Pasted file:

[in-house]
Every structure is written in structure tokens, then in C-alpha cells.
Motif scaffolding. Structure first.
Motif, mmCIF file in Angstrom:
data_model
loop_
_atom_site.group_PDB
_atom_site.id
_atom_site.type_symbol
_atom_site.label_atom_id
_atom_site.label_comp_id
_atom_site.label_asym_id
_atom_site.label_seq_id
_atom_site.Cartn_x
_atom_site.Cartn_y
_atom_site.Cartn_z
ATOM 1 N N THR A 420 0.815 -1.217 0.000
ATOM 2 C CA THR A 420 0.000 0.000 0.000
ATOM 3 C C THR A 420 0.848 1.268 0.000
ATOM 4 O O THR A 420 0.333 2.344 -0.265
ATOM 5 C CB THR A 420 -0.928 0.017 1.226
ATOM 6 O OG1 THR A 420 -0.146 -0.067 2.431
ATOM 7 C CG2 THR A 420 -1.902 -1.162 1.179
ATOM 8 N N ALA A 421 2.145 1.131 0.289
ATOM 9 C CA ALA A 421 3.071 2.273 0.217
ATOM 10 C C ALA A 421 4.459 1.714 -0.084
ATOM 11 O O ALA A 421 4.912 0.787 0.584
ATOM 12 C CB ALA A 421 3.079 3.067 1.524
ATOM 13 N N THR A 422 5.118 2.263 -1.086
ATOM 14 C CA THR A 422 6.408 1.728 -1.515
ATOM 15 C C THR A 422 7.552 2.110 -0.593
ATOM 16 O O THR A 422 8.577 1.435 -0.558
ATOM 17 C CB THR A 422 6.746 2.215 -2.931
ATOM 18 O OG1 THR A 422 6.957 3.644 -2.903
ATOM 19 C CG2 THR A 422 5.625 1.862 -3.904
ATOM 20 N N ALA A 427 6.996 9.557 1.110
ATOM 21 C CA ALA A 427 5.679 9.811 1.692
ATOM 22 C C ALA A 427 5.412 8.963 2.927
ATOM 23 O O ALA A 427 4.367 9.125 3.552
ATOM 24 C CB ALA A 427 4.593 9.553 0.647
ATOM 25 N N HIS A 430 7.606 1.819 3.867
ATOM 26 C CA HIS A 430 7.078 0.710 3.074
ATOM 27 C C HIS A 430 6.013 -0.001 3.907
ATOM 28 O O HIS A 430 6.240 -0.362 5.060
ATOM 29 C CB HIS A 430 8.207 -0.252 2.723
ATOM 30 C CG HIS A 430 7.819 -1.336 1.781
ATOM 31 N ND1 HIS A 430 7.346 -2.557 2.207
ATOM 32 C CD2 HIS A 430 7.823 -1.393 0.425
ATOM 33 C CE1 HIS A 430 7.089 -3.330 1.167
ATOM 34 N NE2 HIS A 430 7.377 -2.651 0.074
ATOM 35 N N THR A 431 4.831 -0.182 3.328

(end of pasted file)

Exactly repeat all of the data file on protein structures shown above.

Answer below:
[in-house]
Every structure is written in structure tokens, then in C-alpha cells.
Motif scaffolding. Structure first.
Motif, mmCIF file in Angstrom:
data_model
loop_
_atom_site.group_PDB
_atom_site.id
_atom_site.type_symbol
_atom_site.label_atom_id
_atom_site.label_comp_id
_atom_site.label_asym_id
_atom_site.label_seq_id
_atom_site.Cartn_x
_atom_site.Cartn_y
_atom_site.Cartn_z
ATOM 1 N N THR A 420 0.815 -1.217 0.000
ATOM 2 C CA THR A 420 0.000 0.000 0.000
ATOM 3 C C THR A 420 0.848 1.268 0.000
ATOM 4 O O THR A 420 0.333 2.344 -0.265
ATOM 5 C CB THR A 420 -0.928 0.017 1.226
ATOM 6 O OG1 THR A 420 -0.146 -0.067 2.431
ATOM 7 C CG2 THR A 420 -1.902 -1.162 1.179
ATOM 8 N N ALA A 421 2.145 1.131 0.289
ATOM 9 C CA ALA A 421 3.071 2.273 0.217
ATOM 10 C C ALA A 421 4.459 1.714 -0.084
ATOM 11 O O ALA A 421 4.912 0.787 0.584
ATOM 12 C CB ALA A 421 3.079 3.067 1.524
ATOM 13 N N THR A 422 5.118 2.263 -1.086
ATOM 14 C CA THR A 422 6.408 1.728 -1.515
ATOM 15 C C THR A 422 7.552 2.110 -0.593
ATOM 16 O O THR A 422 8.577 1.435 -0.558
ATOM 17 C CB THR A 422 6.746 2.215 -2.931
ATOM 18 O OG1 THR A 422 6.957 3.644 -2.903
ATOM 19 C CG2 THR A 422 5.625 1.862 -3.904
ATOM 20 N N ALA A 427 6.996 9.557 1.110
ATOM 21 C CA ALA A 427 5.679 9.811 1.692
ATOM 22 C C ALA A 427 5.412 8.963 2.927
ATOM 23 O O ALA A 427 4.367 9.125 3.552
ATOM 24 C CB ALA A 427 4.593 9.553 0.647
ATOM 25 N N HIS A 430 7.606 1.819 3.867
ATOM 26 C CA HIS A 430 7.078 0.710 3.074
ATOM 27 C C HIS A 430 6.013 -0.001 3.907
ATOM 28 O O HIS A 430 6.240 -0.362 5.060
ATOM 29 C CB HIS A 430 8.207 -0.252 2.723
ATOM 30 C CG HIS A 430 7.819 -1.336 1.781
ATOM 31 N ND1 HIS A 430 7.346 -2.557 2.207
ATOM 32 C CD2 HIS A 430 7.823 -1.393 0.425
ATOM 33 C CE1 HIS A 430 7.089 -3.330 1.167
ATOM 34 N NE2 HIS A 430 7.377 -2.651 0.074
ATOM 35 N N THR A 431 4.831 -0.182 3.328